While allergies can certainly occur year-round, the springtime is commonly when allergy problems tend to pop up in higher rates. When your body detects an allergen, it releases chemicals (such as histamine.) The release of these chemicals is what triggers you to develop things like nasal congestion, a runny nose, sneezing, as well as itchy, red and watery eyes. As many as 30% of Canadians suffer from seasonal allergies, and in some individuals those allergies can be so severe that it can affect things like productivity (for example, at work or at school), sleep, and can even increase the risk of developing a respiratory infection. Below you will find some tips on what you can do to prevent spring allergies, as well as different tips on what you can do to relieve the symptoms of spring allergies if you do happen to be impacted by them.
Spring allergies are most commonly caused by a fine powder known as pollen, which is produced by things like flowers, trees and grass. Because pollen levels are usually at their highest in the mornings, you should time any time you plan on spending outdoors to later in the day. While it may not be ideal, it’s also better to get out when the weather forecast calls for rain, as rain is what washes pollen out of the air and therefore decreases your allergy symptoms. You should also avoid being outside during dry and windy conditions, as these conditions can increase pollen levels. If you do plan on being outdoors during high pollen levels, you can take further measures to protect yourself, such as wearing a mask, while sunglasses can also help protect the eyes. One other common cause of spring allergies are insects. Bees, in particular. Individuals can be severely allergic to bee stings and could develop a reaction known as anaphylaxis, which is considered to be life-threatening. Not everyone is allergic to bees, however, but the stings themselves can be especially painful. To avoid getting stung by a bee or bitten by other insects, you should avoid wearing perfumes or other scented products when outdoors during warm, sunny weather, as well as wear loose, long-sleeved clothing and closed-toe shoes. When going indoors after being exposed to outdoor pollen, that also doesn’t necessarily mean you’re 100% free from it or won’t develop an allergic reaction, as pollen can cling to your clothing, hair, and even skin, so it’s a good idea to take a shower as well as change your clothes if you find that you’re susceptible to spring allergies.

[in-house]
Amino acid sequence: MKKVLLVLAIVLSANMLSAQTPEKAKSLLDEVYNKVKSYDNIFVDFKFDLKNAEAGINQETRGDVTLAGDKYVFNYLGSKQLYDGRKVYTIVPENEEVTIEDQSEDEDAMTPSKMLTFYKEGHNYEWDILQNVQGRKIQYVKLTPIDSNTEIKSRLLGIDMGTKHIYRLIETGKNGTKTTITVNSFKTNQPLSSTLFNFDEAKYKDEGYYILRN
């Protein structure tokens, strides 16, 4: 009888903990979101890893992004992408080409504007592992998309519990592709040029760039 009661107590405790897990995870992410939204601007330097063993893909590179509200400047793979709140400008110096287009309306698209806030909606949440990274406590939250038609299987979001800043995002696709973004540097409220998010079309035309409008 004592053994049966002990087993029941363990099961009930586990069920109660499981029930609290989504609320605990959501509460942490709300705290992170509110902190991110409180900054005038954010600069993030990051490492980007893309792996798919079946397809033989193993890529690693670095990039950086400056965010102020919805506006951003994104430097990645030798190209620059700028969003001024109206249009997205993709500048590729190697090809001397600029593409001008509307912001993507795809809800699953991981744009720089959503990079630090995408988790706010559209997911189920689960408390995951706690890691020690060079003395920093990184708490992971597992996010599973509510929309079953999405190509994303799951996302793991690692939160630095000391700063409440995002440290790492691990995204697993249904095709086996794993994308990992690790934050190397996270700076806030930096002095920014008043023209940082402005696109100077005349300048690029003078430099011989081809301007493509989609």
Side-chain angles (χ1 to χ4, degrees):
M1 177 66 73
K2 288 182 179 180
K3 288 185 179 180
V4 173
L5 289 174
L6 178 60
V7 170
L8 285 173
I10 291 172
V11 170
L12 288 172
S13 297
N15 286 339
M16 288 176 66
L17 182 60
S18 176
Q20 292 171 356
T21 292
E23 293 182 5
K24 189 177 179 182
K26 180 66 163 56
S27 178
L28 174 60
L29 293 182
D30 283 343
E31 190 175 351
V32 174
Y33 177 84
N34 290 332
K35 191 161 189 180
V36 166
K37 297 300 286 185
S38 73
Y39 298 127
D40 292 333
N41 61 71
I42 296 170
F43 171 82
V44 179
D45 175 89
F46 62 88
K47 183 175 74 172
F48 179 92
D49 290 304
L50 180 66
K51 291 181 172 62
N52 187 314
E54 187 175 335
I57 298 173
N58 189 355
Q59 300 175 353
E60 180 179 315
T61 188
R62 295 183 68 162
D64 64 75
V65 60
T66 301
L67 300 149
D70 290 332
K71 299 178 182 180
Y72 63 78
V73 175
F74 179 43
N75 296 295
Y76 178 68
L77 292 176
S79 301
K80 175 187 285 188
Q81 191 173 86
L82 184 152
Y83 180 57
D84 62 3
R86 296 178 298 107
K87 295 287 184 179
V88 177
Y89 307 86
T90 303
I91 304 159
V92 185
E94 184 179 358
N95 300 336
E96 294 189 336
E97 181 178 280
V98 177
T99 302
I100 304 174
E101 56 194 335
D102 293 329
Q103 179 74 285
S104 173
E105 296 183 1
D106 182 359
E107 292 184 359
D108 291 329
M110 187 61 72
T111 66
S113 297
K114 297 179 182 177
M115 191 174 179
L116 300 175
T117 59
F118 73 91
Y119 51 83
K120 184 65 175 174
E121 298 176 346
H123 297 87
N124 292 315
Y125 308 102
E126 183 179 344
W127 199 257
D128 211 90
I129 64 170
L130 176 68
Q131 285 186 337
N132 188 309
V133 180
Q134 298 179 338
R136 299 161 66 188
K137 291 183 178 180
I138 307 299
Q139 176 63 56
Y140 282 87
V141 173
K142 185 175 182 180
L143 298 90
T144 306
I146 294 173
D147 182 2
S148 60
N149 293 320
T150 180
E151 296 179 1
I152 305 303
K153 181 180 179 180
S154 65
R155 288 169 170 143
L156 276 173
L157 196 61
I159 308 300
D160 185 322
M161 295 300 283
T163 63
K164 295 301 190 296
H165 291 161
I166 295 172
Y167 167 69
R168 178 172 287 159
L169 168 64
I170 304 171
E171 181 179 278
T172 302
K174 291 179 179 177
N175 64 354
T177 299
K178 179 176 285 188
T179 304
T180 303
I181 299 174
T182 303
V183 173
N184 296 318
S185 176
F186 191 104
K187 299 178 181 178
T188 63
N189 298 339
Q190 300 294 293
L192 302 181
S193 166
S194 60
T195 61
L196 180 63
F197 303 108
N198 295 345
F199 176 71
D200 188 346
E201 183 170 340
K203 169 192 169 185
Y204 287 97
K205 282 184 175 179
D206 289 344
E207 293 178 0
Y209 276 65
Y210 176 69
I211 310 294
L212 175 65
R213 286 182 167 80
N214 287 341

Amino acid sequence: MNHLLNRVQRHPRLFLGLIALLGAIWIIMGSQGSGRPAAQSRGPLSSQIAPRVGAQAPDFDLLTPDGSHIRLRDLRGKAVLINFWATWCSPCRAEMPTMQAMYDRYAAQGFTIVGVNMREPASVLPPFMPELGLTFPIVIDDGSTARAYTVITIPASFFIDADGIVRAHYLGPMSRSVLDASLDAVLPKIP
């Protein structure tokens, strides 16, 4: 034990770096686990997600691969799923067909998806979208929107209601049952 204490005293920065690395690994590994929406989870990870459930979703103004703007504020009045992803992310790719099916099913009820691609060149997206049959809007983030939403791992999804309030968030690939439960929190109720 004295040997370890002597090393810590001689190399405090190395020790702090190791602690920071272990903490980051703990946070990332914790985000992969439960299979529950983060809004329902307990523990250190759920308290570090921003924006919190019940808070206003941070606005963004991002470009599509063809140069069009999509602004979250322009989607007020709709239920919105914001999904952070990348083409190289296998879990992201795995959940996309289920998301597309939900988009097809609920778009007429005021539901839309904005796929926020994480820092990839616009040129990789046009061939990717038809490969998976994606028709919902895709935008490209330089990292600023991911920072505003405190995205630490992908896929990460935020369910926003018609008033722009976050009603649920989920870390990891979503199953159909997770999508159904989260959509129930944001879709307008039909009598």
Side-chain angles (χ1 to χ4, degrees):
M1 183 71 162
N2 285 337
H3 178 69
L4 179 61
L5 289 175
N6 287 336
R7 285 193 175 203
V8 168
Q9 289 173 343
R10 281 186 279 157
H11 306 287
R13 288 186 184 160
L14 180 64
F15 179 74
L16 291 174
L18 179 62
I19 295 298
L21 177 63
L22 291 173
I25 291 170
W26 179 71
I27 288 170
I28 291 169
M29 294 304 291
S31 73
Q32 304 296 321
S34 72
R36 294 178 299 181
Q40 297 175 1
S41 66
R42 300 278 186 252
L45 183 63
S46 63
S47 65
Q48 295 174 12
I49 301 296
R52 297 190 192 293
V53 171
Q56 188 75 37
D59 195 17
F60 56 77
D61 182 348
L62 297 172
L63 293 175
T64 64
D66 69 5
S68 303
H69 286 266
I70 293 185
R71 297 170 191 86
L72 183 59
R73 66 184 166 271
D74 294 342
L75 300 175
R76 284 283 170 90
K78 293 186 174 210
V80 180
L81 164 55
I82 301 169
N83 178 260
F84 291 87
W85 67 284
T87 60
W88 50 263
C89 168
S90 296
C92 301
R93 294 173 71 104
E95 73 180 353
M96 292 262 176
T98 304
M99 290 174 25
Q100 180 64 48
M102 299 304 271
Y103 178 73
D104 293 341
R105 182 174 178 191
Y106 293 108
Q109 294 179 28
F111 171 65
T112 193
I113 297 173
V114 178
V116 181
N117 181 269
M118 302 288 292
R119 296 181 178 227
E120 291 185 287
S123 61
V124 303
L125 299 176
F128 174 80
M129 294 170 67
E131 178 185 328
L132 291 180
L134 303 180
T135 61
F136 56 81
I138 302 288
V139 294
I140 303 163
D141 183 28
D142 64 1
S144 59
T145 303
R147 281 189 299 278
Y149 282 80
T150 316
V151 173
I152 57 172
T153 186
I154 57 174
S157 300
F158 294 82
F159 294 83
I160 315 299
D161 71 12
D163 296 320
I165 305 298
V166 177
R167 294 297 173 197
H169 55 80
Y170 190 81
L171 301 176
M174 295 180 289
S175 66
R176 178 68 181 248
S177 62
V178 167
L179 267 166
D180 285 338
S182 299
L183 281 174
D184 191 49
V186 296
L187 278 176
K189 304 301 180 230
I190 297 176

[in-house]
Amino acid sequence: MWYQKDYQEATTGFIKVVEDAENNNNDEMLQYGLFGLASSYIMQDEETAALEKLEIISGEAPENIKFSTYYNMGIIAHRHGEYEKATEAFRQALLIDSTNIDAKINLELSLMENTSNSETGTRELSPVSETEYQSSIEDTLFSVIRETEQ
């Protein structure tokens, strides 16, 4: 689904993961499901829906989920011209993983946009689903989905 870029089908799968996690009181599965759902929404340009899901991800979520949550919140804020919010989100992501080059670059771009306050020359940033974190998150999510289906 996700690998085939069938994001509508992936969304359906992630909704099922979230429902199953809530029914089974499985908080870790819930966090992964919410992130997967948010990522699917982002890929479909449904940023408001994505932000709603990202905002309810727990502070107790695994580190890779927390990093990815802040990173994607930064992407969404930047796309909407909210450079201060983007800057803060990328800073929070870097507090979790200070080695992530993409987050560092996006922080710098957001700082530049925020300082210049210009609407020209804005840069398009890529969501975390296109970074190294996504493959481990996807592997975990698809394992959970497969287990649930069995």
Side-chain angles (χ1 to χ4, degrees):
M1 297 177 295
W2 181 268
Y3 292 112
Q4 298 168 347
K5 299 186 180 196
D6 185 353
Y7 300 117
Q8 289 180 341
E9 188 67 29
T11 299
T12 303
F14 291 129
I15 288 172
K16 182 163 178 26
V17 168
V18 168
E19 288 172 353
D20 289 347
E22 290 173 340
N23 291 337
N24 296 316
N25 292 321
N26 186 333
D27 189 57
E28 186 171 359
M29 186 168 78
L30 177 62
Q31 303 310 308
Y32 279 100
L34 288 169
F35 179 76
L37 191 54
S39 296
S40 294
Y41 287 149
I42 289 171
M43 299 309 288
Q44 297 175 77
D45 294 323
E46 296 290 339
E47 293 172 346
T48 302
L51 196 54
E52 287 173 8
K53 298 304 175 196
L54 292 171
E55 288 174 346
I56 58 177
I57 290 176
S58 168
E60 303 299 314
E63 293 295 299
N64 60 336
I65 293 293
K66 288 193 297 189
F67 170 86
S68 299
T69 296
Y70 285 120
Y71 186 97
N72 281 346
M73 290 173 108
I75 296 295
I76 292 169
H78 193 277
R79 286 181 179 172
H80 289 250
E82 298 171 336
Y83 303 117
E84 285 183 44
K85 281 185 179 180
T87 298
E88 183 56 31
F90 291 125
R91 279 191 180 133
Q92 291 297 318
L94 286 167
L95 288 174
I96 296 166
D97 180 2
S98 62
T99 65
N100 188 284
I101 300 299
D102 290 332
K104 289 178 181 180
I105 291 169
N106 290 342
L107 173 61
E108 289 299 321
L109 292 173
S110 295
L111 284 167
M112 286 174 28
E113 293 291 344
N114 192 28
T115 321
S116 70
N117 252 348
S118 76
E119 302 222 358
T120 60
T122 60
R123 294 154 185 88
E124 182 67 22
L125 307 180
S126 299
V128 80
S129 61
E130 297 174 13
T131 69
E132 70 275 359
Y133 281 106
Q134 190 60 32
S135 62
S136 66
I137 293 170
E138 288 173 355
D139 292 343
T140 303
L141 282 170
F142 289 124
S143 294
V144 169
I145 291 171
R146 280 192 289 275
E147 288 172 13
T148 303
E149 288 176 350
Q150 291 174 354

As for treating spring allergies, people will most commonly use over-the-counter medications, such as antihistamines. Antihistamines work by blocking the histamine receptors so that the allergen you are exposed to doesn’t trigger an allergic response or reduces the symptoms of an allergic response that has already developed. Other medications, such as corticosteroid nasal sprays, are also prescribed to help relieve symptoms of allergies, but they need to be used regularly and it may take a few weeks before you notice any improvement in your symptoms. For individuals who aren’t keen on the idea of taking medication on a regular basis, you can also try something called immunotherapy (allergy shots.) Immunotherapy is done by injecting you with a small amount of allergens in effort to help your body build up tolerance to them. However, it doesn’t happen overnight, as immunotherapy can take anywhere from 3 to 5 years for it to be effective and for you to be allergy-free. In some cases, individuals can also develop an allergic reaction as a result of getting these allergy shots, so it’s always important to weight the risks and benefits with your physician before jumping into it.
If you have had a severe allergic reaction in the past, such as anaphylaxis, it’s recommended that you carry around an epinephrine auto-injector. Epinephrine can counteract the effects of a severe allergic reaction and can ultimately be life-saving. It’s also important to remember to call 911 in the event that you have to use your epinephrine auto-injector so that you can be properly monitored by medical personnel to ensure you do not have any further allergic response.
If you’re unsure what you are allergic to but want to find out, your doctor can refer you to see an allergist. An allergist will be able to do more in-depth testing, including blood tests, to determine exactly what your allergies are as well as provide you information on how to better combat them and recommend allergy medication, if necessary.